"Bullshit?" the jacket mimicked, adding an inquisitive tone to the end of the expletive.

"You’re acting well outside your wheelhouse lately. Yeah, you guarded my ass when your… when Verity’s daddy tried to snatch me up. Good work with that, top marks, hurrah, kinda sucks you weren’t designed to keep me safe from non-Kincaid flavored danger, sure woulda helped. But now you’re breaking into my dreams. You’re showing me visions. Fuck, you even forced me to take a good hard look at what I wanted to do with my life; if not for your goading I might not have become a teacher."

"Your DreamWeaverZ is experiencing crosstalk with my memory recording routines. It’s not my fault if things are a little strange as a result…"

"I don’t think it’s as simple as that. And if we weren’t constantly occupied with this Church of One crap, I’d have Beta pick you apart and see what’s going on. I don’t like rogue variables. …especially ones that take the face of people I loved. You’re sure as fuck not Verity; I saw the body myself. Frankly, I think it’s an insult that you keep pretending to be her…"

"I’m sure as fuck not Verity," Verity repeated back, using the same words. "You want straight answers, but I have no straight answers to give. Perhaps I’m malfunctioning. Perhaps I’m guarding you in ways my designer didn’t expect. As for my stolen face, well… if you pour water in a cup, it becomes the cup; if you put a jacket over someone’s skin, it becomes their skin. I was Verity’s skin for a long, long time. It’s a shape that feels fitting given my new role. Beyond that, I do not know. Not yet."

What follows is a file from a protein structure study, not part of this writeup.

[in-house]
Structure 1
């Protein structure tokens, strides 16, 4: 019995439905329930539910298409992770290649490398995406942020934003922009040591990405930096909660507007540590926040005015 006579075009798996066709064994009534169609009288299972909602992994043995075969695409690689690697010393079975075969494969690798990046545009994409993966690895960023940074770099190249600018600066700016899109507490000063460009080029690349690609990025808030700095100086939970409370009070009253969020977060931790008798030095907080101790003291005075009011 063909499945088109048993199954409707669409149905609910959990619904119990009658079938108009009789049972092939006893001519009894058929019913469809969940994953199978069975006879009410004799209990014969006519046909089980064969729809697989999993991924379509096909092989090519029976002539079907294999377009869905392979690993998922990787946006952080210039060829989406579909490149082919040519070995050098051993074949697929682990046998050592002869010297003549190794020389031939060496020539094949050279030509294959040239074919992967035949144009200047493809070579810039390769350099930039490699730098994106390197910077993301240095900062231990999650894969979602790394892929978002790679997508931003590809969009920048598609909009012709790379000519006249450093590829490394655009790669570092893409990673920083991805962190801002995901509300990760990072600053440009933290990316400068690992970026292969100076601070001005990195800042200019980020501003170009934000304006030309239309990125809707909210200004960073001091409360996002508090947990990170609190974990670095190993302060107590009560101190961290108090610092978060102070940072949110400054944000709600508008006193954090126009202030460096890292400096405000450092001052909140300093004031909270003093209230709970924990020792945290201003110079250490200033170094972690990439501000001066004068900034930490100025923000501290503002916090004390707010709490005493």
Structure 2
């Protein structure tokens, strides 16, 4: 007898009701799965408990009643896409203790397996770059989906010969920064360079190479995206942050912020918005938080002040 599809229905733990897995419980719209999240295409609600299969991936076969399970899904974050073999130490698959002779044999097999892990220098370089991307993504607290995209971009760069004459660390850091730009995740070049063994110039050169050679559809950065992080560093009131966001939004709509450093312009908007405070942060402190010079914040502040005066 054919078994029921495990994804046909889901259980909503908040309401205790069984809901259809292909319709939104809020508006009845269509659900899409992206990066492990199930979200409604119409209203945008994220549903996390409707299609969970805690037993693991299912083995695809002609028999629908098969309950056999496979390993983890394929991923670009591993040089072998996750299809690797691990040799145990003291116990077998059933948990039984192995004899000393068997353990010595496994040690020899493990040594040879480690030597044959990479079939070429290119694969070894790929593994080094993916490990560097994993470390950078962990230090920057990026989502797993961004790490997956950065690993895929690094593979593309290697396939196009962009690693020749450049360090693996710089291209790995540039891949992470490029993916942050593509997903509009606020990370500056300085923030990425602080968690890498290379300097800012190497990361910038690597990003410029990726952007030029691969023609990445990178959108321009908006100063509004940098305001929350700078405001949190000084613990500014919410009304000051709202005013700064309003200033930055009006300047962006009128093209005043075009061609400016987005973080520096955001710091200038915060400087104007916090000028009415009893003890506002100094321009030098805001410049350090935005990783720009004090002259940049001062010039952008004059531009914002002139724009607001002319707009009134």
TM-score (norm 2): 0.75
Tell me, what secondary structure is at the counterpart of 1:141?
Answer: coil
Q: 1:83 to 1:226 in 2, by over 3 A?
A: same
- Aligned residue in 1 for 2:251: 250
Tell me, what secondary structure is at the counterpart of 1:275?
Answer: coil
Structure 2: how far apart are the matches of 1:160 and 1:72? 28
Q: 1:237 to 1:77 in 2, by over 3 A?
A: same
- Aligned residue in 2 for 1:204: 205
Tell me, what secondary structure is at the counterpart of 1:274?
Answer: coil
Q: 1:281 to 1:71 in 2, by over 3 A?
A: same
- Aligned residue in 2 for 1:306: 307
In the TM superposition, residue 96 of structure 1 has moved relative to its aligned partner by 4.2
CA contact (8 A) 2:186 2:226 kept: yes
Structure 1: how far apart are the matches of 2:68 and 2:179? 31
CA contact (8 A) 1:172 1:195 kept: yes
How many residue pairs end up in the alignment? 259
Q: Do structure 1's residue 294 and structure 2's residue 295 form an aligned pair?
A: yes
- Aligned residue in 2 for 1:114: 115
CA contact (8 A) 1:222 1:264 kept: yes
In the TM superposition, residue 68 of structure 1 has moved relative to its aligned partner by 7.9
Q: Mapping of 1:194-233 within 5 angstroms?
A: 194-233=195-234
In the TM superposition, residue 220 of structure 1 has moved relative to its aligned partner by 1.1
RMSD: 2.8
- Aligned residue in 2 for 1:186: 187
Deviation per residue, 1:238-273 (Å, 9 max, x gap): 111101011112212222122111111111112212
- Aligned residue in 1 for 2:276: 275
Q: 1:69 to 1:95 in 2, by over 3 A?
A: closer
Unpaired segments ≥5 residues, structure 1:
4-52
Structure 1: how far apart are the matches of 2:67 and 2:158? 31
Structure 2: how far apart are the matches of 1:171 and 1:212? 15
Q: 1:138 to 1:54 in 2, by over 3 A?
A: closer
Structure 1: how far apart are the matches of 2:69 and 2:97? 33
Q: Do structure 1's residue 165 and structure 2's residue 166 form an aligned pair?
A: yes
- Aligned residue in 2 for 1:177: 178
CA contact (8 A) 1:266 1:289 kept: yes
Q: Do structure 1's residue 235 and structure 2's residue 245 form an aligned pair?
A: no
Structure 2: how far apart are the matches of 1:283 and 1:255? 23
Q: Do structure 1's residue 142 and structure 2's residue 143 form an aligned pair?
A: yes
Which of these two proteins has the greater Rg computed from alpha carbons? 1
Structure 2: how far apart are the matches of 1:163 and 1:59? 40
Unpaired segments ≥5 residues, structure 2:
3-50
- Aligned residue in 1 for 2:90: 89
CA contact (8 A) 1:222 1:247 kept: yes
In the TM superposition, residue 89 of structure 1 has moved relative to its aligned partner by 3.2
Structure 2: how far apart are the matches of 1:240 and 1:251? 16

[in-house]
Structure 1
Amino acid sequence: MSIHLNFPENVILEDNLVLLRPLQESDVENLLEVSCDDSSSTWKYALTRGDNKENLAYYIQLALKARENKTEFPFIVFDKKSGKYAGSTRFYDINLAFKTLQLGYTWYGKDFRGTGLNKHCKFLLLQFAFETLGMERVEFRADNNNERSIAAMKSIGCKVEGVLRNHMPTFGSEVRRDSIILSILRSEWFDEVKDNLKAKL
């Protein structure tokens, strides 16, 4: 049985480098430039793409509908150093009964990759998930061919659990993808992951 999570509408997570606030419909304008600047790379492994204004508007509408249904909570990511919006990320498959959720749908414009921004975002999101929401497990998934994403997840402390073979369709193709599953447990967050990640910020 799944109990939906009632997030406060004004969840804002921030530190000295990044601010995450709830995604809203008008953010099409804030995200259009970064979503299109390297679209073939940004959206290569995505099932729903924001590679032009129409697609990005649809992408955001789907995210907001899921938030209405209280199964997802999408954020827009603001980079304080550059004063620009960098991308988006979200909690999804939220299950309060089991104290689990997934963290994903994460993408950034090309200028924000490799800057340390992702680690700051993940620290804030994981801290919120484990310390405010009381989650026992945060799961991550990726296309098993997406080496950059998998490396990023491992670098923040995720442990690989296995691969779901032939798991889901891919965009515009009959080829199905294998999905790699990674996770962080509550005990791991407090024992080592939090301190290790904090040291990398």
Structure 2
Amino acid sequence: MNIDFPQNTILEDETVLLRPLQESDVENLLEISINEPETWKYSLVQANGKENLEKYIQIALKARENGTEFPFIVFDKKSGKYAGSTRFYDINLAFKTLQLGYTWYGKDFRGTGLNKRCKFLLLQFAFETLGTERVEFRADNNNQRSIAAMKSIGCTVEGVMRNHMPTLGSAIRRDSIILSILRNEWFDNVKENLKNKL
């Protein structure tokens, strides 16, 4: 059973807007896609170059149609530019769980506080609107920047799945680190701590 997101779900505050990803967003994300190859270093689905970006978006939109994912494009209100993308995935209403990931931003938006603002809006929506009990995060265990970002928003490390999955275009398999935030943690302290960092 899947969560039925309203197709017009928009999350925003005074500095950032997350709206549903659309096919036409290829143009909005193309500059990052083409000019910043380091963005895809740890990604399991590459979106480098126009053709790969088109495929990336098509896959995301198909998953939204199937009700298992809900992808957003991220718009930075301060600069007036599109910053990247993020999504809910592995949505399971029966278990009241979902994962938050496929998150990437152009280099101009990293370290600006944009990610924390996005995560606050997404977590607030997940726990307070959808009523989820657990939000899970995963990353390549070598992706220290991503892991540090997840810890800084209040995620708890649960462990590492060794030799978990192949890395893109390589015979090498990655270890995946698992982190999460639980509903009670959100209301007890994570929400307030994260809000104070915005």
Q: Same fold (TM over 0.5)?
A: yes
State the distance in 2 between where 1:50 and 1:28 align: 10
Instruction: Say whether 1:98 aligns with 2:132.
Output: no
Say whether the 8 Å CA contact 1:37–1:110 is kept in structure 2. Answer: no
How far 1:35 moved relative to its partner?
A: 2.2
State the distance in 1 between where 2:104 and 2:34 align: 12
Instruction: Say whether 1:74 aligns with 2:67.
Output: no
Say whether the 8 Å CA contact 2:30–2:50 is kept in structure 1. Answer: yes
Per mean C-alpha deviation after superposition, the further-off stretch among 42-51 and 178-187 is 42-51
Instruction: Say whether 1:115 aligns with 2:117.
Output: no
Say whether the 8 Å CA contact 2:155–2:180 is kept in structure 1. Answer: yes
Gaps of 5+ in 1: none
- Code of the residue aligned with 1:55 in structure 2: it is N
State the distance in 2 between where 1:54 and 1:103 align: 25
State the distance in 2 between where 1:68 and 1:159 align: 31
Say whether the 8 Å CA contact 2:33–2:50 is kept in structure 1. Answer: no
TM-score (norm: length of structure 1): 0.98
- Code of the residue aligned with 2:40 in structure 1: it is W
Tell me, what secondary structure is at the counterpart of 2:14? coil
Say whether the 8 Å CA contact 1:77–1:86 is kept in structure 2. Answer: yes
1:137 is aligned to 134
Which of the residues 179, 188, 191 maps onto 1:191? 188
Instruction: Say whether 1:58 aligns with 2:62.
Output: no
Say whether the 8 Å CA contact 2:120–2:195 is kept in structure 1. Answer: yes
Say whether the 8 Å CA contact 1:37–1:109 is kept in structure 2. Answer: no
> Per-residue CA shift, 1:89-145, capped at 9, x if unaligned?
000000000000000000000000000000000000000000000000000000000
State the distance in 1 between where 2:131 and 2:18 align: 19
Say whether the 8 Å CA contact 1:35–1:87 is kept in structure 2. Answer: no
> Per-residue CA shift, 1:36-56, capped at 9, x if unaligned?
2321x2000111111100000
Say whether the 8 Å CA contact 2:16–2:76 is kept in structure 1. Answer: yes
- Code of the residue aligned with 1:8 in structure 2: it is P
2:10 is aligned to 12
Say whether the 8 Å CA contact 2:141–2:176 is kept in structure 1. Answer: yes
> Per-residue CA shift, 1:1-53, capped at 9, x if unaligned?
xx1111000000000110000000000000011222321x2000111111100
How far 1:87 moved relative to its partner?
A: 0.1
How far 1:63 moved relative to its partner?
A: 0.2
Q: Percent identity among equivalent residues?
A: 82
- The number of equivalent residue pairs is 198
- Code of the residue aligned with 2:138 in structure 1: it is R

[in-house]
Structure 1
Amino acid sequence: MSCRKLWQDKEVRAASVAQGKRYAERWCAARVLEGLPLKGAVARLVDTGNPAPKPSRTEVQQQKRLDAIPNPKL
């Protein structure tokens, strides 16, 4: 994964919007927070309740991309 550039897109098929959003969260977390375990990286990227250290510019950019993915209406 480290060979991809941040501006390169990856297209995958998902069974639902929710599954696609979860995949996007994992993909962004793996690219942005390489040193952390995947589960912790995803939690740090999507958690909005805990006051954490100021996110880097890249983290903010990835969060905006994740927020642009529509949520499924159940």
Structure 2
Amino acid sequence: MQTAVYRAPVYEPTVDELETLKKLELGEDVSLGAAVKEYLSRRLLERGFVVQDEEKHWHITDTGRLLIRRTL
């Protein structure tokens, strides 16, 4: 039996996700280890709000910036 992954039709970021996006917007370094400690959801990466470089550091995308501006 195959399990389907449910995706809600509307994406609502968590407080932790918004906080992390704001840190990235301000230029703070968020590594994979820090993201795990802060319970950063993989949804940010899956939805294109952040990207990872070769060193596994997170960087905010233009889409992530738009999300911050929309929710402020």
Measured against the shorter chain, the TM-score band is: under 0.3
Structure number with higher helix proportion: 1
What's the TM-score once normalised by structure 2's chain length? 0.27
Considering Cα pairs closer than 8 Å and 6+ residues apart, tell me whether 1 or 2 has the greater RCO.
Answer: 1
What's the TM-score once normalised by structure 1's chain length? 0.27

"Not yet…?"

But the woman could only shrug, helplessly.

"Verity always said that life had few clean answers, and fewer clean questions," Possibly-Not-Verity recited. "I know you, Spark. I know you want the cleanest of questions and answers. I know your brother struggles with his need for a clean and sensible world. But I can’t help you with that. All I can do is watch over you, in my limited manner, and fulfill my purpose. If all I am is an app, that’s all I can do."

"Assuming you are still an app. Do you have free will?" Spark asked, growing increasingly annoyed. "Am I wearing a Program on my back?"

"Do you have free will?" the jacket repeated, turning the question around. "How would you know? I don’t know of your will any more than I know my own will."

"Of course I’ve got free will! I’m alive! I’m not the creepy-ass skin of a dead woman! …look, just… get out of my dreams, Little Miss App. I’m trying to relive a highlight reel here, and you’re just getting in the way. I’m going up against my enemy tomorrow, the most dangerous enemy I’ve ever faced… and I want to get my game edge back."

"Even if there’s nothing you can do to affect the outcome of the game?"

"Okay, okay, yeah. Whatever. I know. Just let me enjoy my #NostalgiaTrip in peace, okay?"

"Even if there’s something you can do to affect the outcome of the game?"

Now, Spark stopped grumbling. Despite being salty as null with frustration over this bizarre dream… she was sharp enough to spot an opening when one was offered to her.

"Beta and Tracer already have the plan in play," she spoke. "There’s nothing left for me to do…"

"This is me speaking from your own memory and reasoning, so I’m not saying anything you don’t already know," Verity disclaimed, before continuing. "Through you, I know that Nyx is not going to go quietly once you destroy her puppet. The game’s far from over, and you will have more roles to play. …a time is coming, Spark, when you’re going to have to make a decision. Are you really willing to play to win, even if it means sacrifice? Are you willing to enter the cave?"


"Everything I’ve shown you has been for a reason; I am your guardian. And despite my limits, I promise to do what I can to—"

—the practice green evaporated instantly, replaced by her bedroom ceiling. DreamWeaverZ had hit its preset alarm clock timer, automatically waking its sleeper.